July 1, 2009 - A study published in the July 2009 issue of the Journal of Thoracic Oncology revealed that internet-based lung cancer information was of a higher quality in the United States than in Japan, according to a study by Dr. Yasushi Goto of the National Cancer Center Hospital in Tokyo.
Dr. Goto and his team of researchers from both the U.S. and Japan evaluated 150 Web sites and determined noticeable differences in the quality and type of information on lung cancer available over the internet in the two countries.
Dr. Goto and his team conducted the online review by searching the term “lung cancer” on Google United States, Google Japan and Yahoo! Japan. The first 50 Web sites returned by each search engine were analyzed for validity, ethical perspective and the reliability of the site’s administrator. Most remarkably, the team found distinct differences in the validity of the information on treatment methods and options for lung cancer. Eighty percent of U.S.-Google sites discussed the most common treatment methods and standard treatment protocol, compared to only 50 percent of the sites from the Japanese Google and Yahoo! search engines. Additionally, more than 10 percent of the Japanese sites advertised alternative therapies.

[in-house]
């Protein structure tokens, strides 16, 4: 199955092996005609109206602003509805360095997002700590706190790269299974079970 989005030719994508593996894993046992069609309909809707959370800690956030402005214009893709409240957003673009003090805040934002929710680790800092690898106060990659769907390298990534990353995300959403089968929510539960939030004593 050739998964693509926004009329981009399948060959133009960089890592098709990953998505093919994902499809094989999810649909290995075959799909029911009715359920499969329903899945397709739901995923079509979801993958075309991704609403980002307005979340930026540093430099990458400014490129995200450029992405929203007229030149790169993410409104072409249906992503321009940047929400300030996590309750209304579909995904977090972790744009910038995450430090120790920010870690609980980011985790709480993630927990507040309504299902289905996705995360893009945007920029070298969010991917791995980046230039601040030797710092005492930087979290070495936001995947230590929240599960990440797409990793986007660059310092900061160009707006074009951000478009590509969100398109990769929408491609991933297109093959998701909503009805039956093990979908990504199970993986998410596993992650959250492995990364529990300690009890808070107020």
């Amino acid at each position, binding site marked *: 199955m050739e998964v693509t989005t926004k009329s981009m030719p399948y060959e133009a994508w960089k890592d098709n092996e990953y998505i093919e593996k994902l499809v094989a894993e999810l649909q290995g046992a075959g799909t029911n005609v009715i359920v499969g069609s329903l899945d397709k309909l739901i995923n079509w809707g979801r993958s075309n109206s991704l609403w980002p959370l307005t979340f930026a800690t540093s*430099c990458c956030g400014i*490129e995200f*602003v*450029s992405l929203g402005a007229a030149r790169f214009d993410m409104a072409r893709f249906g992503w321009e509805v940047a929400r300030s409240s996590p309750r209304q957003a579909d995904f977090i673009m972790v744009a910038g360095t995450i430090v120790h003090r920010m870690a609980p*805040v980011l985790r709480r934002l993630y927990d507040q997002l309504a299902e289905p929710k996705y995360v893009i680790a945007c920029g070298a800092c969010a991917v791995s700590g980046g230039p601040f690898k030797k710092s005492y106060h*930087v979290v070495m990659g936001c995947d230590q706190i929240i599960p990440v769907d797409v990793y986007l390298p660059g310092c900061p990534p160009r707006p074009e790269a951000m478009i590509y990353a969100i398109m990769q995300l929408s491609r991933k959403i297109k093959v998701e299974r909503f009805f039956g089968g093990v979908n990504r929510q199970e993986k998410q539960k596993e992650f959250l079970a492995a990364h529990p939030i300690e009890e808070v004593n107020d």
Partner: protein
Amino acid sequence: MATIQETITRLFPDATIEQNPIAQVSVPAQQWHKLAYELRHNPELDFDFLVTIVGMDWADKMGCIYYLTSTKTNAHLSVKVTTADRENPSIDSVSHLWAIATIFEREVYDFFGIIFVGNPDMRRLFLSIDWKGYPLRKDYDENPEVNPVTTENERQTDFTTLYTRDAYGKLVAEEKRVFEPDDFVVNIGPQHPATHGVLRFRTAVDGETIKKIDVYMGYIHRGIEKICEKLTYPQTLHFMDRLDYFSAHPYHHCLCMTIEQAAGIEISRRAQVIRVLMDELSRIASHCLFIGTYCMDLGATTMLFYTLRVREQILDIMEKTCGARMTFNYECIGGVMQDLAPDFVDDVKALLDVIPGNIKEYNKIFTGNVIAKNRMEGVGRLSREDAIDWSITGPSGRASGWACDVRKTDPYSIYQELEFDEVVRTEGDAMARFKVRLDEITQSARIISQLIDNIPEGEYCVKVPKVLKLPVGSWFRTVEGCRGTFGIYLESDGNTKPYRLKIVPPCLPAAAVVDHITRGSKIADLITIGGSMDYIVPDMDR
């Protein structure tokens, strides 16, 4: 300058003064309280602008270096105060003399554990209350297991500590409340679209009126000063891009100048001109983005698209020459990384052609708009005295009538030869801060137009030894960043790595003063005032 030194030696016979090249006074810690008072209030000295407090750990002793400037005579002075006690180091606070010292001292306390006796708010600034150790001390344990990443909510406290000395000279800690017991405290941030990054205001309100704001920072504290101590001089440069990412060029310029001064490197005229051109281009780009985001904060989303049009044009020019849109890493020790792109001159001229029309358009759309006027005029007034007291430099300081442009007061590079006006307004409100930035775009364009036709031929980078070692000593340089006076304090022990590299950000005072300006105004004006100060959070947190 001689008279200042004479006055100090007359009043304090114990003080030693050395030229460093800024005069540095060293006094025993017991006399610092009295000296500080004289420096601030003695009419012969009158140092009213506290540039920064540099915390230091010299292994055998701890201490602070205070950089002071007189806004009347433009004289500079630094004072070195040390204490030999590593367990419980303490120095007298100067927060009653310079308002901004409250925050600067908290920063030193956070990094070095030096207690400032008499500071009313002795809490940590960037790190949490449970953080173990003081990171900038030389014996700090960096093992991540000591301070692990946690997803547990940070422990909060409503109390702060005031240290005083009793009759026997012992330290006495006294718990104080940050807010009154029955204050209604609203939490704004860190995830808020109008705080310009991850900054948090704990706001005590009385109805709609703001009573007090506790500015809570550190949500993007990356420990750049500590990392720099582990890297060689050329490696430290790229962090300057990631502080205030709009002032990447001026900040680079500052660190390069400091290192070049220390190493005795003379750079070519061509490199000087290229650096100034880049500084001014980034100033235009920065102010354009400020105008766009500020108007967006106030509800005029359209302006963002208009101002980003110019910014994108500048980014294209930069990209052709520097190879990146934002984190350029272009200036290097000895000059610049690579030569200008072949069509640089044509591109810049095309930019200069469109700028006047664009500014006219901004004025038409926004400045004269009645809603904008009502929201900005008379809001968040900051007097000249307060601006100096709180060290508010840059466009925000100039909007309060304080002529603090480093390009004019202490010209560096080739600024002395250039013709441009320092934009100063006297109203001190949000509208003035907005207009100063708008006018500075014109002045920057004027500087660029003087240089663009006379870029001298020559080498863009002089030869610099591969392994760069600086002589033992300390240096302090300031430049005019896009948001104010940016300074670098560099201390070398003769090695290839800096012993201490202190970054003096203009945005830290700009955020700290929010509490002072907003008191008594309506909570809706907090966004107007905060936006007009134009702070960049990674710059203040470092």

Other differences between the two countries include the visibility of ethical policies, which were more noticeable in the United States, and the affiliation of site administrators. Nonprofit organizations and public institutions were frequently the primary administrators in the United States, whereas commercial or personal Web sites were more common in Japan.
Despite the several cultural differences between the United States and Japan, lung cancer is the leading cause of cancer-related deaths in both countries.
For more information: www.jto.org